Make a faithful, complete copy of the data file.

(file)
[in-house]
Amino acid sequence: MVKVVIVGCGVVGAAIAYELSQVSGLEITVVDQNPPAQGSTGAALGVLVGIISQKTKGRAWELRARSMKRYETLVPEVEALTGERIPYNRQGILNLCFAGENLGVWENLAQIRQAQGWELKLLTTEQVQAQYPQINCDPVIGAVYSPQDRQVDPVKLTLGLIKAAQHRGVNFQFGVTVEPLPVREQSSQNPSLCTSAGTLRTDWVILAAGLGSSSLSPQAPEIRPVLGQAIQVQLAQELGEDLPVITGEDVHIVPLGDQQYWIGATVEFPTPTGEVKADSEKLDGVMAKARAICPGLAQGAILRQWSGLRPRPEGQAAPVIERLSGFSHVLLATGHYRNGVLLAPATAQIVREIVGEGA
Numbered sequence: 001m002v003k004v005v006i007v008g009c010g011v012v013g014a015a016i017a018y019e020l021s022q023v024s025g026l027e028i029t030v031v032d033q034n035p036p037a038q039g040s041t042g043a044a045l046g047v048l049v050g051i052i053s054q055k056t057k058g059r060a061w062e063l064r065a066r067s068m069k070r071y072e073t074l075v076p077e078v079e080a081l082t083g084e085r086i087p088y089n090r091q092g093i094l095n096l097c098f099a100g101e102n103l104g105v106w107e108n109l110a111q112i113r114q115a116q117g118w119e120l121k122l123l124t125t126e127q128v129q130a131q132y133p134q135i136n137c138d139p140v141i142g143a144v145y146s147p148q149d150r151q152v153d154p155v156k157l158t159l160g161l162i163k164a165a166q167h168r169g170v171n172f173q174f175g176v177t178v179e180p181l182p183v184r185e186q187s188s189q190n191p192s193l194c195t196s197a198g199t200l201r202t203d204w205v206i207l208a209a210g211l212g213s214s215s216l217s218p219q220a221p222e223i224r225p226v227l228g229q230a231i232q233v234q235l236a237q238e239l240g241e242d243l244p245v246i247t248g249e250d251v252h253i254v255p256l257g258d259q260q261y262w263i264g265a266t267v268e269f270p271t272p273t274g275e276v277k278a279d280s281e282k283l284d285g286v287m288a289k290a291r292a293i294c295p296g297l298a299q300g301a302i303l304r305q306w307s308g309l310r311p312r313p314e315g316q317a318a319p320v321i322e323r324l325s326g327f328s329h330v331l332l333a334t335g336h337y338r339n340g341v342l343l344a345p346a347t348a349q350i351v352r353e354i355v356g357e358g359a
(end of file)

[in-house]
Amino acid sequence: MVKVVIVGCGVVGAAIAYELSQVSGLEITVVDQNPPAQGSTGAALGVLVGIISQKTKGRAWELRARSMKRYETLVPEVEALTGERIPYNRQGILNLCFAGENLGVWENLAQIRQAQGWELKLLTTEQVQAQYPQINCDPVIGAVYSPQDRQVDPVKLTLGLIKAAQHRGVNFQFGVTVEPLPVREQSSQNPSLCTSAGTLRTDWVILAAGLGSSSLSPQAPEIRPVLGQAIQVQLAQELGEDLPVITGEDVHIVPLGDQQYWIGATVEFPTPTGEVKADSEKLDGVMAKARAICPGLAQGAILRQWSGLRPRPEGQAAPVIERLSGFSHVLLATGHYRNGVLLAPATAQIVREIVGEGA
Numbered sequence: 001m002v003k004v005v006i007v008g009c010g011v012v013g014a015a016i017a018y019e020l021s022q023v024s025g026l027e028i029t030v031v032d033q034n035p036p037a038q039g040s041t042g043a044a045l046g047v048l049v050g051i052i053s054q055k056t057k058g059r060a061w062e063l064r065a066r067s068m069k070r071y072e073t074l075v076p077e078v079e080a081l082t083g084e085r086i087p088y089n090r091q092g093i094l095n096l097c098f099a100g101e102n103l104g105v106w107e108n109l110a111q112i113r114q115a116q117g118w119e120l121k122l123l124t125t126e127q128v129q130a131q132y133p134q135i136n137c138d139p140v141i142g143a144v145y146s147p148q149d150r151q152v153d154p155v156k157l158t159l160g161l162i163k164a165a166q167h168r169g170v171n172f173q174f175g176v177t178v179e180p181l182p183v184r185e186q187s188s189q190n191p192s193l194c195t196s197a198g199t200l201r202t203d204w205v206i207l208a209a210g211l212g213s214s215s216l217s218p219q220a221p222e223i224r225p226v227l228g229q230a231i232q233v234q235l236a237q238e239l240g241e242d243l244p245v246i247t248g249e250d251v252h253i254v255p256l257g258d259q260q261y262w263i264g265a266t267v268e269f270p271t272p273t274g275e276v277k278a279d280s281e282k283l284d285g286v287m288a289k290a291r292a293i294c295p296g297l298a299q300g301a302i303l304r305q306w307s308g309l310r311p312r313p314e315g316q317a318a319p320v321i322e323r324l325s326g327f328s329h330v331l332l333a334t335g336h337y338r339n340g341v342l343l344a345p346a347t348a349q350i351v352r353e354i355v356g357e358g359a